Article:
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Google Consent Mode v2 Explained

A guide on what Google Consent Mode is, and how it will affect your website.

29th Feb 2024
Sean Keaney Senior PPC Executive 29th February 2024

A Brief History of Consent Mode

As marketing experts, we have a firm grasp of how tracking works on Google. This concept of tracking was changed back in September 2020 when Google introduced the original consent mode.

Consent mode is a way to gain additional audience signals from users who do not consent to having their data used for collection. This comes from the cookie pop-up that appears when you enter a website, where each user is asked whether they consent to having their data shared or not.

Those users who consent are tracked as normal throughout the purchase journey. Consent mode was introduced for those who do not consent. Previously this data would not be collected at all, which led to gaps in data and incomplete stats. Consent mode collects audience signals for these users, so whilst we can’t track them, Google is able to model their behaviour based on data taken from those who have consented, meaning no more incomplete data! (yay)

At the end of 2023 Google announced that Consent Mode v2, a new and shiny version of the original, was due to be released and would be mandatory for all websites using Google Services. Why is this relevant now? Because the deadline for implementing Google Consent Mode V2 is the 6th of March 2024.

But don’t panic, because we are here to explain exactly how the update will affect you and the steps you need to take before the 6th. Let’s get into it.

What Is Consent Mode v2?

GCM v1 was focused on increasing user privacy in relation to collected and stored data, while GCM v2 encourages compliance with new and existing EU Privacy legislation relating specifically to data used for targeted advertising. It’s a more advanced version that will require explicit consent for cookies and data usage for users. This includes two new additional parameters – ad_user_data and ad_personalization.

The ad_user_data setting determines whether personal data is sent to Google based on user consent. This relates to services like Google Ads, Google Shopping and Google Play. There are two values that can be generated depending on whether consent is given – granted or denied. Granted will be set if a user agreed to advertising cookies on the cookie banner. Ad_personalization works in the same way where there are two values – granted or denied.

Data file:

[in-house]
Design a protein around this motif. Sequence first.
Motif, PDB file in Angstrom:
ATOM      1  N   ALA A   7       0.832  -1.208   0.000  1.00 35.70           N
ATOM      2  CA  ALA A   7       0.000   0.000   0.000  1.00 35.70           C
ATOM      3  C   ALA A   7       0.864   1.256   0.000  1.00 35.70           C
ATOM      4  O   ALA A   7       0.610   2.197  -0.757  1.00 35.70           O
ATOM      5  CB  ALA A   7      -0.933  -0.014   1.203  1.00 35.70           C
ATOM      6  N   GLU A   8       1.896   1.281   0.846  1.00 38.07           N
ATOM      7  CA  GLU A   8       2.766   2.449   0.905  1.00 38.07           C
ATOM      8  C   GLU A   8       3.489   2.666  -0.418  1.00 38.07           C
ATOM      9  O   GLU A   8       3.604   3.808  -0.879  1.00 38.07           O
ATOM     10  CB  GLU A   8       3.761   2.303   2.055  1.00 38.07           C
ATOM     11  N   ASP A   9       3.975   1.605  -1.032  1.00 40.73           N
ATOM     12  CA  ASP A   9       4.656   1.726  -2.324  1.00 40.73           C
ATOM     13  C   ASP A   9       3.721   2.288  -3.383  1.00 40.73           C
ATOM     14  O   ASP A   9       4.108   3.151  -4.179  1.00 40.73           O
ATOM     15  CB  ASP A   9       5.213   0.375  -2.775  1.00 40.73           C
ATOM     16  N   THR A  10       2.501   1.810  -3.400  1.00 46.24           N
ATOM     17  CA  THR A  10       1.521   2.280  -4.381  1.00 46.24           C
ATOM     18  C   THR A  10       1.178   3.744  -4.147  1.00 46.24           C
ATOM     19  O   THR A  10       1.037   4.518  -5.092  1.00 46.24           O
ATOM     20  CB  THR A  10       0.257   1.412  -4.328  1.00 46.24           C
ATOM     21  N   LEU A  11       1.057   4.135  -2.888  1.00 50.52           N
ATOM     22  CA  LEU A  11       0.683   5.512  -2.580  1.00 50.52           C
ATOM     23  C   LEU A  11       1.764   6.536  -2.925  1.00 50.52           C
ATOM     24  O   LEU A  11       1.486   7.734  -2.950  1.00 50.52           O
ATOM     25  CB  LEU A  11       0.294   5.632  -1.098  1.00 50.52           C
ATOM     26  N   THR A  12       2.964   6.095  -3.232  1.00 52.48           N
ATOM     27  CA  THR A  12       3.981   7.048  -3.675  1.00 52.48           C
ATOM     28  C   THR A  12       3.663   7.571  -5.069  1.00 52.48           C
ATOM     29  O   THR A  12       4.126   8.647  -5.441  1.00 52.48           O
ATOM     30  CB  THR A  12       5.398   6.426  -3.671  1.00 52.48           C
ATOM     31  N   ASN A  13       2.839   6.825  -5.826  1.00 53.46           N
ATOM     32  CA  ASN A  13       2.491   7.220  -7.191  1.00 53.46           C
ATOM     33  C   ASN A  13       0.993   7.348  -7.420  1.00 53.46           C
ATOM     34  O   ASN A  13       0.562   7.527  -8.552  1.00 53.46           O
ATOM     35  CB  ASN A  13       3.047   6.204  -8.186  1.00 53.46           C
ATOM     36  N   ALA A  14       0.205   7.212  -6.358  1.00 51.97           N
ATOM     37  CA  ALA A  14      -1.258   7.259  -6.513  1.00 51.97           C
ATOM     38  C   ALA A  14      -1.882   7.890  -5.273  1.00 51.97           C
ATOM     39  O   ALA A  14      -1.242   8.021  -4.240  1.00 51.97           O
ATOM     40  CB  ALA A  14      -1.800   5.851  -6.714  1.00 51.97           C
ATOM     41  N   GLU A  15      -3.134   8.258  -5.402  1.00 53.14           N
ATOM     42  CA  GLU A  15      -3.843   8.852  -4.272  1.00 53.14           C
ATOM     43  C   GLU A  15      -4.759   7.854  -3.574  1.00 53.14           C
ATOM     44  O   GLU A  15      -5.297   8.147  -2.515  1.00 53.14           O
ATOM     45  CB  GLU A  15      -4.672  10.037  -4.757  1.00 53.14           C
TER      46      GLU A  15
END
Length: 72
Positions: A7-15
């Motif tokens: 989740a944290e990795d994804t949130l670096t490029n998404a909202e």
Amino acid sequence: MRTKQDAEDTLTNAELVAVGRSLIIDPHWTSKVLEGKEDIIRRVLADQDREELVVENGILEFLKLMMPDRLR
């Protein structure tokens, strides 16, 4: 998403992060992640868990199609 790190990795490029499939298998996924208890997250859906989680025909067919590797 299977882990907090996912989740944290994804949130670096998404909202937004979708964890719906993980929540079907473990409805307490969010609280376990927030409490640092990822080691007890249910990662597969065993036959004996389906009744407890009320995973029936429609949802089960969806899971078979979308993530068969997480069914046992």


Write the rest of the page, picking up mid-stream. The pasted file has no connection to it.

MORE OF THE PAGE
This is all done to ensure data is handled to respect user choices and legal requirements within the European Economic Area (EEA).

This is beneficial to advertisers and marketing agencies like us, as it helps regain a significant portion of lost data in a privacy-compliant manner. Individual data from non-consenting users is not available, but aggregated data can still offer valuable insights into campaign performance and user behaviour.

So what happens if you don’t implement GCM v2? You’ll sacrifice your ability to be able to capture new EEA users to your audience lists after March 2024 – which impacts remarketing & engagement campaigns. Consent Mode v2 allows us to understand behaviour and performance even when consent isn’t given – by estimating actions taken on your site which may be lost due to their consent preferences.

What Actions You Need to Take

To use Google Consent Mode v2, you need to have a cookie banner in place. This means you need to have, or get, a consent management platform (CMP) running that is in line with Google’s standard as well as the GDPR and the e-privacy directive.

Google Consent Mode v2 ‘runs’ through the CMP, meaning it receives the signals from whether a user has given consent or not via the banner.

It is also you, as a website owner, who is responsible for first collecting consents for all cookies and tracking technologies in use on the site in accordance with the GDPR and other data privacy laws.

After this, you can choose to use Google Consent Mode v2 to get the most out of Google Analytics 4 and Google’s advertising services.

A 4-Step Implementation Process

1. Set up a cookie banner – this can be either through a certified CMP-partner to Google or an in-house solution.

2. Configure to collect user consent – ensure it meets Google’s EU User Consent Policy as well as the legal requirements from privacy regulations in the EEA.

3. Implement Consent Mode v2 – this can be done through a CMP-partner, or you will need a manual implementation if you are running your own.
4. Verify your implementation – via status and diagnostic tools in your ads account.

Overall, this new update is championing safety and privacy for both businesses and customers, without compromising website data sets.

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